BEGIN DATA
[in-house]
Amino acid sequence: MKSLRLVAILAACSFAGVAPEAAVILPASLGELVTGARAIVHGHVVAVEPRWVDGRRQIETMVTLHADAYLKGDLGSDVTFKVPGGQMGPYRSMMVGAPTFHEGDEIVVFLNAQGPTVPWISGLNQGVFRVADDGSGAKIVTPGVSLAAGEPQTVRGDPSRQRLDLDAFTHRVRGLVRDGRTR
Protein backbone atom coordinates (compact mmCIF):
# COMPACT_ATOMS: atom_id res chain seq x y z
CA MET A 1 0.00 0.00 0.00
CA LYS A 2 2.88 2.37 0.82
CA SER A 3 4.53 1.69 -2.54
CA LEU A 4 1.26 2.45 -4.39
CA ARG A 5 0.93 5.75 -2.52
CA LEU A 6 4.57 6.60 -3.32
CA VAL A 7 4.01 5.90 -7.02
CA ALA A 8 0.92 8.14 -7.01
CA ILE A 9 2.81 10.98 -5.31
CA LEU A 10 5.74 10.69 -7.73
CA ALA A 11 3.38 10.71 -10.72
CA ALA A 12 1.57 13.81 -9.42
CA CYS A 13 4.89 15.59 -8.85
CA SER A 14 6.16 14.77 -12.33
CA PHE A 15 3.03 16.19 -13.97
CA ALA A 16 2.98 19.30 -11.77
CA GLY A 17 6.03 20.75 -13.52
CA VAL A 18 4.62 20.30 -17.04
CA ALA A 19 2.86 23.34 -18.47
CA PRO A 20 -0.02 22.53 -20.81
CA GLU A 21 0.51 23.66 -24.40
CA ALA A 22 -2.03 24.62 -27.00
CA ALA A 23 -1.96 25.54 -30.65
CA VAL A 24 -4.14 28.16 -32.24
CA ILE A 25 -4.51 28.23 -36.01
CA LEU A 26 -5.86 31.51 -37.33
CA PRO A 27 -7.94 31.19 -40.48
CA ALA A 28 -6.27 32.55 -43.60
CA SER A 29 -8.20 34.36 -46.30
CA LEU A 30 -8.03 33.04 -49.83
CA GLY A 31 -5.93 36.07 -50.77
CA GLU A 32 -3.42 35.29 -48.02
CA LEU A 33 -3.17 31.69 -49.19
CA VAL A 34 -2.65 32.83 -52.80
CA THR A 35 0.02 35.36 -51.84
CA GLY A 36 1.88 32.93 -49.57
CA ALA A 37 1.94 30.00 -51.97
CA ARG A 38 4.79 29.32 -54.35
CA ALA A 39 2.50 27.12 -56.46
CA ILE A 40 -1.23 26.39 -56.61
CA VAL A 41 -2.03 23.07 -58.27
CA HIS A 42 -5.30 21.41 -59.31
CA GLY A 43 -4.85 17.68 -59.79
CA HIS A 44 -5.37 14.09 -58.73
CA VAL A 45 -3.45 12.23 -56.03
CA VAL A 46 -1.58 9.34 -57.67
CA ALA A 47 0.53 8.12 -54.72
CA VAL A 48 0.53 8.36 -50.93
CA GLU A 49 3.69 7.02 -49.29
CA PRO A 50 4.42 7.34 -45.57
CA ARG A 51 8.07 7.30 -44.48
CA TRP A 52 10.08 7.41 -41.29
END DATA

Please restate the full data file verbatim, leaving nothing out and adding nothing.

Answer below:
[in-house]
Amino acid sequence: MKSLRLVAILAACSFAGVAPEAAVILPASLGELVTGARAIVHGHVVAVEPRWVDGRRQIETMVTLHADAYLKGDLGSDVTFKVPGGQMGPYRSMMVGAPTFHEGDEIVVFLNAQGPTVPWISGLNQGVFRVADDGSGAKIVTPGVSLAAGEPQTVRGDPSRQRLDLDAFTHRVRGLVRDGRTR
Protein backbone atom coordinates (compact mmCIF):
# COMPACT_ATOMS: atom_id res chain seq x y z
CA MET A 1 0.00 0.00 0.00
CA LYS A 2 2.88 2.37 0.82
CA SER A 3 4.53 1.69 -2.54
CA LEU A 4 1.26 2.45 -4.39
CA ARG A 5 0.93 5.75 -2.52
CA LEU A 6 4.57 6.60 -3.32
CA VAL A 7 4.01 5.90 -7.02
CA ALA A 8 0.92 8.14 -7.01
CA ILE A 9 2.81 10.98 -5.31
CA LEU A 10 5.74 10.69 -7.73
CA ALA A 11 3.38 10.71 -10.72
CA ALA A 12 1.57 13.81 -9.42
CA CYS A 13 4.89 15.59 -8.85
CA SER A 14 6.16 14.77 -12.33
CA PHE A 15 3.03 16.19 -13.97
CA ALA A 16 2.98 19.30 -11.77
CA GLY A 17 6.03 20.75 -13.52
CA VAL A 18 4.62 20.30 -17.04
CA ALA A 19 2.86 23.34 -18.47
CA PRO A 20 -0.02 22.53 -20.81
CA GLU A 21 0.51 23.66 -24.40
CA ALA A 22 -2.03 24.62 -27.00
CA ALA A 23 -1.96 25.54 -30.65
CA VAL A 24 -4.14 28.16 -32.24
CA ILE A 25 -4.51 28.23 -36.01
CA LEU A 26 -5.86 31.51 -37.33
CA PRO A 27 -7.94 31.19 -40.48
CA ALA A 28 -6.27 32.55 -43.60
CA SER A 29 -8.20 34.36 -46.30
CA LEU A 30 -8.03 33.04 -49.83
CA GLY A 31 -5.93 36.07 -50.77
CA GLU A 32 -3.42 35.29 -48.02
CA LEU A 33 -3.17 31.69 -49.19
CA VAL A 34 -2.65 32.83 -52.80
CA THR A 35 0.02 35.36 -51.84
CA GLY A 36 1.88 32.93 -49.57
CA ALA A 37 1.94 30.00 -51.97
CA ARG A 38 4.79 29.32 -54.35
CA ALA A 39 2.50 27.12 -56.46
CA ILE A 40 -1.23 26.39 -56.61
CA VAL A 41 -2.03 23.07 -58.27
CA HIS A 42 -5.30 21.41 -59.31
CA GLY A 43 -4.85 17.68 -59.79
CA HIS A 44 -5.37 14.09 -58.73
CA VAL A 45 -3.45 12.23 -56.03
CA VAL A 46 -1.58 9.34 -57.67
CA ALA A 47 0.53 8.12 -54.72
CA VAL A 48 0.53 8.36 -50.93
CA GLU A 49 3.69 7.02 -49.29
CA PRO A 50 4.42 7.34 -45.57
CA ARG A 51 8.07 7.30 -44.48
CA TRP A 52 10.08 7.41 -41.29